When Sibylla was born in 1160, the Crusader state of Jerusalem was not a safe or stable place. Although the land had been claimed in the First Crusade, and was ruled over by her family, the Ayyubid Sultanate also had their eye on the heart of the Holy Land, and the crown only precariously rested on their head. Sibylla’s father was Amalric, Count of Jaffa and Ascalon, and brother of King Baldwin III of Jerusalem, but her mother, Agnes de Courtenay, had seen her family’s lands in the northernmost Crusader state of Edessa lost to the Saracens. When Baldwin III died without any heirs, the court of Jerusalem decreed that Amalric was the rightful heir to the throne, and he would be king – under one condition: he agree to annul his marriage with Agnes.
The official reasons given by the court for the annulment were that Amalric and Agnes were related, an unfortunate fact discovered after six years of marriage, however, it is likely the reasons were far more politically motivated. A landless woman from a powerful family would make a dangerous queen, and it is probable the court feared that the Courtenay clan would use her position to gain power in Jerusalem. There were also claims she had been married to another man before her husband, and so was a bigamist. Whatever the reasons, Amalric agreed to annul the marriage in order to claim the throne and rule the kingdom. Aged just three, Sibylla watched as her mother was banished from court with a single word; Agnes would not play a major part in her daughter’s life, she was landless, a political pawn, quickly married off. From her earliest memories Sibylla was thrust into a world where a woman’s voice, her opinions, her hopes and desires, bared no importance.
Sibylla was separated too. While her younger brother, Baldwin, remained at their father’s side in court to learn the art of being a king, she was sent to a convent in Bethany, just outside of the Holy City. There she was raised by the Princess-Abbess Yveta, her father’s aunt. It is likely that she rarely saw her father or brother. In the convent all her teaching focused on scripture and church traditions; she was taught little of ruling – after all, she was a girl and all the focus was on her brother. In these hallowed walls she grew, and although we can’t be certain what she looked like, she most likely inherited the famous characteristics of her family: long blonde hair, tall height and aquiline features. Sibylla blossomed into a beautiful princess, and it is likely that she was told of this beauty repeatedly.
In another world Sibylla would have led a quiet life, but by 1170, something had become clear. Her brother Baldwin – the only male heir of the family – was suffering from a disease we now know as leprosy. Not only did this put a limit on his life span, but it also meant that even if he reached adulthood it was unlikely he would produce any heirs. So, aged just ten, all the eyes in Jerusalem turned to Sibylla. Acquiring a husband for the girl had always been important, but now it would decide the fate of the kingdom. It was inevitable that one day Sibylla would be queen, and the man who married her would one day have to rule as her consort. Jerusalem needed to find a strong, suitable ruler; any mistake here would see the very ground crumble beneath their feet.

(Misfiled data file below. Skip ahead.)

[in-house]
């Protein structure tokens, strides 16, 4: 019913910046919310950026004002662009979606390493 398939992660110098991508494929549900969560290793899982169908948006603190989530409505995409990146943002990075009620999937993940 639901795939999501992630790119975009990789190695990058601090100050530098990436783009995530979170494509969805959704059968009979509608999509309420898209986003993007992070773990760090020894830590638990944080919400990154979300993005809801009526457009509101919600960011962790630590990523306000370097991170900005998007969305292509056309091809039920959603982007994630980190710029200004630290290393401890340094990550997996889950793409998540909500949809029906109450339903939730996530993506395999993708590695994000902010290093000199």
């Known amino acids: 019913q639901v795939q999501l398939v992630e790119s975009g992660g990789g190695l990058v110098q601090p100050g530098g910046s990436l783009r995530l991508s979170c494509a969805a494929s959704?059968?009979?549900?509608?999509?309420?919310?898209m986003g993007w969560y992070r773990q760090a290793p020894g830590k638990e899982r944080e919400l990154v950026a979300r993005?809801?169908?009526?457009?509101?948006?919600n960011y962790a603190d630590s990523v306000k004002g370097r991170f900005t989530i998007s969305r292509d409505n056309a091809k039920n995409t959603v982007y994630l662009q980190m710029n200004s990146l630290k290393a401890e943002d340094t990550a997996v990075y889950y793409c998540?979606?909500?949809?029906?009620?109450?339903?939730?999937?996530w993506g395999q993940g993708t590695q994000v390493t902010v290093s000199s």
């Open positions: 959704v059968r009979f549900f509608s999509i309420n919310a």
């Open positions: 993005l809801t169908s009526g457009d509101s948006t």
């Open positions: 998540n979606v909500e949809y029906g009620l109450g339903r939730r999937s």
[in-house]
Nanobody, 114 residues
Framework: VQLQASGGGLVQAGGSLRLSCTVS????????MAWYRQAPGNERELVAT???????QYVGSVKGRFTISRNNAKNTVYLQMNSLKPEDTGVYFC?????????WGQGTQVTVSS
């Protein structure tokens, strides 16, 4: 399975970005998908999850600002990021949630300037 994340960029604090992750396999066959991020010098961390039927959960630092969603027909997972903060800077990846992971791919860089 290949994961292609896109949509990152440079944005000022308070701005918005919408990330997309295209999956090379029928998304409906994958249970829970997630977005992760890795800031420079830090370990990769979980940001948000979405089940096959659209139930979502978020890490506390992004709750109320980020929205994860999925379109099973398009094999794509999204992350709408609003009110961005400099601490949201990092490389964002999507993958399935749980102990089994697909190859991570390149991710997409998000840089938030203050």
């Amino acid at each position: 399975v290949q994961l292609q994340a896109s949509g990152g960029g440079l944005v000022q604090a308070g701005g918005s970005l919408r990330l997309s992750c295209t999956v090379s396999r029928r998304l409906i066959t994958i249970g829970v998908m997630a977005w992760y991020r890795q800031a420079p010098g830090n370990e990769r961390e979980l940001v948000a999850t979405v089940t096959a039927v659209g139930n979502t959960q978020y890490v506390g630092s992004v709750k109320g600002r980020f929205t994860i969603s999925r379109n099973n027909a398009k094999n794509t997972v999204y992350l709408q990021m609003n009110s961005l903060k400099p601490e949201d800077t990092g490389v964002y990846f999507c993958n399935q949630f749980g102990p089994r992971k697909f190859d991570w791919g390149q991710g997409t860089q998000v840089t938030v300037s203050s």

Less than a year later, a suitable match was found. Stephen of Sancerre was of high enough rank, he was from the illustrious House of Blois and his family had certainly proved themselves capable of running a complex nation – his sister was married to Louis VII, King of France. He came to Jerusalem to meet his bride, but then, unexpectedly, and rather publicly, rejected Sibylla. The reasons for this rejection are unlikely to be anything to do with Sibylla herself; it is difficult to imagine what the nobleman disliked about a pretty young girl living in a convent. Whether he was put off by the increasing military threat in Jerusalem, the almighty High Court, or even the food or weather, for a young girl who was told repeatedly how pretty she was and that her purpose was to marry a strong husband and birth children, the rejection was likely humiliating and devastating.
Meanwhile, time had ran out for Sibylla’s father. In 1174, when she was just 14, Amalric passed away. The throne and the kingdom fell to Baldwin, now crowned Baldwin IV. Aged just 13, and suffering from his leprosy, he was not the strong king Jerusalem wanted and needed. With a high chance of him dying at any point, it was now more important than ever that Sibylla be wed. This time the High Court got involved and a new spouse was quickly plucked for the princess.
In October 1176, William of Montferrat arrived in Jerusalem. Tall and handsome with a head of auburn hair, he made no delay in marrying the 16-year-old Sibylla. It is unlikely she was displeased with the match. He hadn’t rejected her for one, and he was a generous man, if a little hot tempered. It did not take long for Sibylla to fall pregnant, and it seemed that things were finally settling in for a stable future for her country. But disaster, it seemed, haunted Sibylla’s life; within eight months, with Sibylla still pregnant, William was dead. He had been claimed by a fast-acting illness, and aged 17, the princess was not only a mother, but also a widow.